It is always interesting to come across an architect who is less familiar, only to discover he was a prolific and prominent designer.
Welcome to the world of Isadore M. Lewis, a creative and productive architect who had a long and fruitful career spanning at least 40 years. During this time his creativity encompassed several architectural genres across a number of disciplines.
Isadore M. Lewis created an array of commercial, industrial and residential buildings, primarily for Jewish clients. He was born in 1888 in Appleton, Wisconsin. Having graduated from the University Pennsylvania in 1911 with a BS in architecture he moved to Detroit in 1916 to open his own architectural firm. Source: Wikipedia.
As a licensed architect in New York, Washington D.C, and Detroit, his career was fascinating. From the beginning of the 1920’s through to the 1950’s Lewis was heavily involved with designing apartment buildings, primarily in the city of Detroit. One of his earliest projects appears to be the superb Regent Court Apartments, built in 1921. Located at 2535 W.Grand Blvd the apartments are particularly striking, and it could be argued that they were certainly ahead of their time in terms of design and architectural appearance – as the photo below demonstrates.
In the early twenties it also appears Lewis’s work wasn’t restricted to the neighborhoods of Detroit. He was also receiving commissions from outside the state, which included a home, designed in a Neoclassical style, in the City of Niagara Falls, NY in 1920.
In 1922 Lewis completed the historic Tushiyah United Hebrew School (later known as the Scott Memorial Methodist Episcopal Church) located at 609 East Kirby. Once again the design is impactful, in particular the brick and limestone detailing on the front elevation. It is listed on the National Register of Historic Places. Also in 1922 Lewis completed the Hadley Hall Apartments located at 665 West Warren, where he once again used brick to create an extraordinary building.
Here in Grosse Pointe, we believe Isadore M. Lewis created two homes, both are located in Grosse Pointe Park. The first is located at 838 Whittier, built in 1923. It is an elegant Colonial style 2,816 sq ft brick home, which has superb detailing on the front elevation. Frederick A. Balch, the son of a prominent Detroit businessman, George W. Balch commissioned it.
In 1930 Lewis designed another elegant brick home in the Park – 860 Pemberton. The unusual design of the front elevation is quite unique, and the detailing is superb. The brick archways above the front door and several of the windows create a wonderful contrast to the dominant triangular shape on the front of the home, and the sharp angular configurations of the roof.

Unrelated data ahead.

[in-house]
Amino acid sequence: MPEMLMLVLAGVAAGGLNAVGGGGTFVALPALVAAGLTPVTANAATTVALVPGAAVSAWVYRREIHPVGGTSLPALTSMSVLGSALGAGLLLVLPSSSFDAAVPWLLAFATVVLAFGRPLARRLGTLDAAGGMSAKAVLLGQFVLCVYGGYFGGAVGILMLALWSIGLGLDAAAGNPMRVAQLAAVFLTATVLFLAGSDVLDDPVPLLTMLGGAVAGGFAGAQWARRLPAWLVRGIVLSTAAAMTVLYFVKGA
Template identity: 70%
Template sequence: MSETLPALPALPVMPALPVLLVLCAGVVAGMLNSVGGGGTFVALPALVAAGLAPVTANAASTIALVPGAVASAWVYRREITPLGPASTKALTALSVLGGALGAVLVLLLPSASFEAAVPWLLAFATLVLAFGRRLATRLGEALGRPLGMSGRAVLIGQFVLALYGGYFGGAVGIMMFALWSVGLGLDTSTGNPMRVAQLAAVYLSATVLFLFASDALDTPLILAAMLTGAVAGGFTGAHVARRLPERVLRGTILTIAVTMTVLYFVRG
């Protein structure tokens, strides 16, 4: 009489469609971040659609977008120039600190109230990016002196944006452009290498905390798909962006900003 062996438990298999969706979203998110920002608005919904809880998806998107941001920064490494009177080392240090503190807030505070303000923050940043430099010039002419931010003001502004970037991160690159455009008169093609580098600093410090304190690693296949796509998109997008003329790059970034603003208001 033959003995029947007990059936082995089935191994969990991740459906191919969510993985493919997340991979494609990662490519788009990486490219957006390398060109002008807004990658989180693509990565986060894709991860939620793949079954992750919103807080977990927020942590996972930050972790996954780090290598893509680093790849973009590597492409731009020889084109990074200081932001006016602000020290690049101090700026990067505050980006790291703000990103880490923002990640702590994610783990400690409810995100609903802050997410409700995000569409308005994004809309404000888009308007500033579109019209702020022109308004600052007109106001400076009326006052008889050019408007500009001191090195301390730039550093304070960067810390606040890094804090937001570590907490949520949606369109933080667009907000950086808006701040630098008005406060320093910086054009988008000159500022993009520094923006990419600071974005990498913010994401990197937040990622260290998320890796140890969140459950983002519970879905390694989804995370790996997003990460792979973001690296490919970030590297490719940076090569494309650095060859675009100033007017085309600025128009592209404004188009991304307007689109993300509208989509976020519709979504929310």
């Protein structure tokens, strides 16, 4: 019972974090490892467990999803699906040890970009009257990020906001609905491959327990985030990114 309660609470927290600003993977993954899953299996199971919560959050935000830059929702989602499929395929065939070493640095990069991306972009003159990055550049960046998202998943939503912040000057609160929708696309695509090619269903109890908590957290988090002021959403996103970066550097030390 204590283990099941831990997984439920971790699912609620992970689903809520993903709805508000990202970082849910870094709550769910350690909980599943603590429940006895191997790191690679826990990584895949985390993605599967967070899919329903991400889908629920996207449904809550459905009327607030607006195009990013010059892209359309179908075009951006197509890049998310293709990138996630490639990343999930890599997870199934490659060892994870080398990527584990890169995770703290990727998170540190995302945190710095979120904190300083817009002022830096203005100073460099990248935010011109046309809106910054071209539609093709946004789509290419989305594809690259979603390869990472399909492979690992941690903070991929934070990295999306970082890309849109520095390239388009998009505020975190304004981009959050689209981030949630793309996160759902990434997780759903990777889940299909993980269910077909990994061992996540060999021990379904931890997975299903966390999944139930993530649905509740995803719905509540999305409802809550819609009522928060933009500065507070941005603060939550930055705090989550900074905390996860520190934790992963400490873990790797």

Throughout his career it appears Lewis continued to design many residents throughout Metro Detroit, including several homes in Huntington Woods. Post 1930 he continued to create multiple apartment buildings. As architectural trends evolved so did Lewis’s style. By the 1940’s he had fully embraced a more contemporary modern style. This is particularly evident with the apartment building he designed in 1946 – Park Plaza, 825 Whitmore Road in the Palmer Park. The design is quite a departure from his earlier brick inspired buildings. As the photos below demonstrate Lewis had transitioned into the Art Deco style, incorporating glass blocks, and a creative use of light into his work.
Post 1950 Lewis’s style evolved again – moving from Art Deco to International Style. During this era he created two further apartment blocks in Palmer Park – 900 Whitmore Road, 1950, and its next-door neighbor 850 Whitmore Road in 1952. Both are wonderful examples of modern contemporary architecture. The skill Lewis had in incorporating ornate use of brickwork into so many of his projects was not lost in his later buildings’ as demonstrated in the exterior photo of 900 Whitmore below.
Isadore M. Lewis continued to work in Detroit until at least 1960, and died in 1968. He created several architectural marvels for the city of Detroit to enjoy, and we are very lucky to have some of his work here in Grosse Pointe.
Written by Katie Doelle
Copyright © 2017 Higbie Maxon Agney & Katie Doelle
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(For more historical information on Grosse Pointe, visit Grosse Pointe Historical Society).